5 Easy Philosophical Tips that Preserve our Happiness & Inner Peace

Image: LITEX

By Prasasti Pandit

Most of us don’t care about any formal definition of happiness and inner peace. Rather I doubt if there is any such formal definition available! Since happiness is a subjective psychological feeling, we can realize the moment we feel happy. We can describe it as a whole gamut of positive emotional, mental states including joy, bliss, enjoyment, pleasure, peace. Among them, peace is the most complex and arguably the highest positive balanced sublime state of mind from which other positive feelings spring up.

 Let’s take a quick glance at the history of philosophy in this context. Many philosophers have articulated their views on happiness over the decades. Philosophers who talk about happiness are known as Hedonists since they accept happiness as the one and only thing to pursue. According to hedonist Jeremy Bentham, human beings by nature seek pleasure and avoid pain. Bentham tries to measure the quantitative valuation of happiness by formatting a hedonistic calculus. However, Epicurus, John Stuart Mill, Henry Sidgwick, and their followers don’t believe in such quantitative measurement of happiness but accept the qualitative hierarchy and consider intellectual and emotional happiness are more desirable than mere physical pleasure, whereas Aristisppus emphasizes the quantitative intensity of pleasure. Again, Joseph Butler relates happiness with conscience. Furthermore, these philosophers can be divided into two groups. On one hand, Aristisppus and Epicurus are concerned about furthering one’s own happiness, and on the other hand, Bentham, and Mill emphasize collective happiness. However, Butler finds no confrontation between individual happiness and collective happiness since for him self-love and associated individual happiness are derived from the rational part of human conscience and such a rationally guided self-love is different from mere passion and always acts in accordance with social love and leads to collective happiness. Nevertheless, they are all entitled to hedonistic philosophers since they believe the pursuit of happiness is the most desirable thing. I believe happiness and inner peace are both abstract entities and intrinsically connected.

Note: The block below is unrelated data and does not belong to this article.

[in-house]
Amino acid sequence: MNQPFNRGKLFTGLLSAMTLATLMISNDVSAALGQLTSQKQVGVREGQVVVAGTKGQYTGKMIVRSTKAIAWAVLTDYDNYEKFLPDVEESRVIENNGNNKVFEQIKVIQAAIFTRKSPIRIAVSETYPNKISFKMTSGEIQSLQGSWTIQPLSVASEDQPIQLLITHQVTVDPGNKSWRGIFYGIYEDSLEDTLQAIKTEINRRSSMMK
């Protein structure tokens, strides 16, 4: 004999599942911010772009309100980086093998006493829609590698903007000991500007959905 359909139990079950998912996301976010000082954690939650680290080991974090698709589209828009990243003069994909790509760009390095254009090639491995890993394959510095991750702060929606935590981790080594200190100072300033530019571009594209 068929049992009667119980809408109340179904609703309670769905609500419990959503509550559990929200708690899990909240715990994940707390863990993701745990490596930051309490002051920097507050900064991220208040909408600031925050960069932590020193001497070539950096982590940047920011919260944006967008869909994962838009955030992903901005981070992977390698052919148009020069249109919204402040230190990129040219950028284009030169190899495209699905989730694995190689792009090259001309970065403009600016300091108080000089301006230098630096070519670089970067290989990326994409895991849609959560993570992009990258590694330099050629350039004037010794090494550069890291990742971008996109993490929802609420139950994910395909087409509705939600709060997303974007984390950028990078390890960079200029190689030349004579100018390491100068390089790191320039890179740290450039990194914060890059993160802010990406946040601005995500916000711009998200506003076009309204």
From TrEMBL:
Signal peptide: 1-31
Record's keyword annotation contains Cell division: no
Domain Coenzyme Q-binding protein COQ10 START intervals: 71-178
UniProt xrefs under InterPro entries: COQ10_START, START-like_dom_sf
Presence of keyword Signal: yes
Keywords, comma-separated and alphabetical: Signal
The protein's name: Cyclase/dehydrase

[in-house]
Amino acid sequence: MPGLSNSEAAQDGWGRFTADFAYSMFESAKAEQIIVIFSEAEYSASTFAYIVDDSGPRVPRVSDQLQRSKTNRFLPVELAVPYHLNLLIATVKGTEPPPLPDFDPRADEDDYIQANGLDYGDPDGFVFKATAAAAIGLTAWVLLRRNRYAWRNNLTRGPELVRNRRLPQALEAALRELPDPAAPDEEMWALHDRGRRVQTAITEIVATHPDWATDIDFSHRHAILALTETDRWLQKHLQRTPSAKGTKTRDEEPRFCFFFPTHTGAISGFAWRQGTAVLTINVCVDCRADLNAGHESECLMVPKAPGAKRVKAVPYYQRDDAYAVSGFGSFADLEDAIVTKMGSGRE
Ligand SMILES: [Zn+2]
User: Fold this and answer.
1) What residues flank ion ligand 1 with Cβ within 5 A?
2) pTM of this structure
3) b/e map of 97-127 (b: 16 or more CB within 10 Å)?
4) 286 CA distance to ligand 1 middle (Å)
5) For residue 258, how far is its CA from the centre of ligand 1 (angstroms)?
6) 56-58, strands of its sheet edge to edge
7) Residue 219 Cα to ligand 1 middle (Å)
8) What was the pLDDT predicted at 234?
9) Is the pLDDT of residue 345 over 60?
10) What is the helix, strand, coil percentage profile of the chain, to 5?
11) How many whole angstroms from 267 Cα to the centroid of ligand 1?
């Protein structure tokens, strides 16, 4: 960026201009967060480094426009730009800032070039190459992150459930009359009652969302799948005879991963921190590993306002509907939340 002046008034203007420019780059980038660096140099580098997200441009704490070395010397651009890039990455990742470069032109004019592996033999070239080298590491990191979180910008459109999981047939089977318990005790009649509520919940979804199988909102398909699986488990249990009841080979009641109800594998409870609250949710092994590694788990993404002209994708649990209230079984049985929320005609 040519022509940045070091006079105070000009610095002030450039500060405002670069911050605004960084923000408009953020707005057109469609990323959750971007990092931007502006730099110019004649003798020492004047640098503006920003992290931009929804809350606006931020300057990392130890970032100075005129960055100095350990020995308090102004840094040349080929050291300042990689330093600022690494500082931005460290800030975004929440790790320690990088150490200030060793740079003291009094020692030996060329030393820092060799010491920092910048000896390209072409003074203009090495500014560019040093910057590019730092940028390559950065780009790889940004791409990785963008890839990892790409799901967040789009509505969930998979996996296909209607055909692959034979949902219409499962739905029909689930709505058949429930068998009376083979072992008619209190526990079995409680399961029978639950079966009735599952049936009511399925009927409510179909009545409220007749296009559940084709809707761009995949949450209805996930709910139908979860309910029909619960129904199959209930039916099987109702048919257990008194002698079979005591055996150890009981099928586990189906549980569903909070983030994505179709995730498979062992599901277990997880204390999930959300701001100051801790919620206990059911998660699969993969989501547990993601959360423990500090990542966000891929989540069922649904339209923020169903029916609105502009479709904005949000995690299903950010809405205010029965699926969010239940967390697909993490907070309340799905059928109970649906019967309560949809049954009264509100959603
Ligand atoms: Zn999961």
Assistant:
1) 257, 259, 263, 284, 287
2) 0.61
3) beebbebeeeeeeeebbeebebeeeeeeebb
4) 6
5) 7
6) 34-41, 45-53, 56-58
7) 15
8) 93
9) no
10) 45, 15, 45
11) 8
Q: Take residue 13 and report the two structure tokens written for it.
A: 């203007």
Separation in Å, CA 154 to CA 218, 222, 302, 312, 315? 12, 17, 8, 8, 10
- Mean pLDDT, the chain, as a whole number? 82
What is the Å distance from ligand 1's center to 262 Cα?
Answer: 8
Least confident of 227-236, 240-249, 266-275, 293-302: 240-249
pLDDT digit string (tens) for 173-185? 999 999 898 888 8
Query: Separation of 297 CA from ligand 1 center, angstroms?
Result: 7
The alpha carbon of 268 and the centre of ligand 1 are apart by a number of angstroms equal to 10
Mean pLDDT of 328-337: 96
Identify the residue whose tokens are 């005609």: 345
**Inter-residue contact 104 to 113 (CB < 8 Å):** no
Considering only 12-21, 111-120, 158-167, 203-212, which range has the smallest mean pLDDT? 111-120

Peace refers to the mental states of serenity, harmony, happiness, and well-being. Happiness and peace are intrinsically related to a positive state of mind. To achieve the sublime state of happiness where peace prevails, we first need to distract ourselves from such pleasures that ultimately disrupt inner peace and indulge one’s uncontrolled desires such as uncontrollable greed for food, uncontrollable erotic desires, cravings for fame, lust for uninterrupted power that ultimately evoke stress and restlessness. What we need is to practice a harmonious balanced state that directs us to well-being while avoiding the potential stresses that ooze from our daily lives.

Currently, mental peace and happiness both become extinct entities. In addition to the regular competitive race of survival, we are now struggling for our survival of existence due to the novel pandemic, COVID-19. The usual way of living has been changed due to this worldwide pandemic situation. Furthermore, social distancing and travel restrictions have hugely affected our mental and social lives.

In this short article, I will propose Five easy ‘Stops’ which we need to adopt to preserve peace and happiness.

  • Stop Thinking about happiness: Yes, you read it right. The famous philosopher Sidgwick’s trailblazing conception is the paradox of happiness. In his own words,

“Here comes into view what we may call the fundamental paradox of Hedonism, that the impulse towards pleasure, if too predominant, defeats its own aim.”

                         -Henry Sidgwick, Chapter 4, Pleasure & Desire, The Method of Ethics

In a nutshell, the paradox is proposing that the more you are concerned about happiness, the more you are going far from it. Happiness is entirely an abstract entity that cannot be measured. So, the first step is to stop striving for happiness or thinking about happiness.

  • Stop Expecting: According to Buddhist philosophy, the root cause of unhappiness comes from our uncontrollable expectations and desires. The more you expect something, the more you get attached to it. The unnecessary attachments with material things eventually disturb the balance of mental harmony when you confront failures.

“When this exists, that comes to be. With the arising of this, that arises.”

                                                                                            - Samyutta Nikaya 12.61

Now you may wonder that if you don’t expect anything, how can you motivate yourself? Let me clear you that misconception here. Expecting something and aiming for something are completely different from each other. When you are expecting something, your sole focus will be on the result. However, when you are aiming for something, you are actually concentrating on the means to achieve that goal. The doctrine of Karmavada of Indian philosophy also cautions against the endless desire and expectations from the effects of one’s action.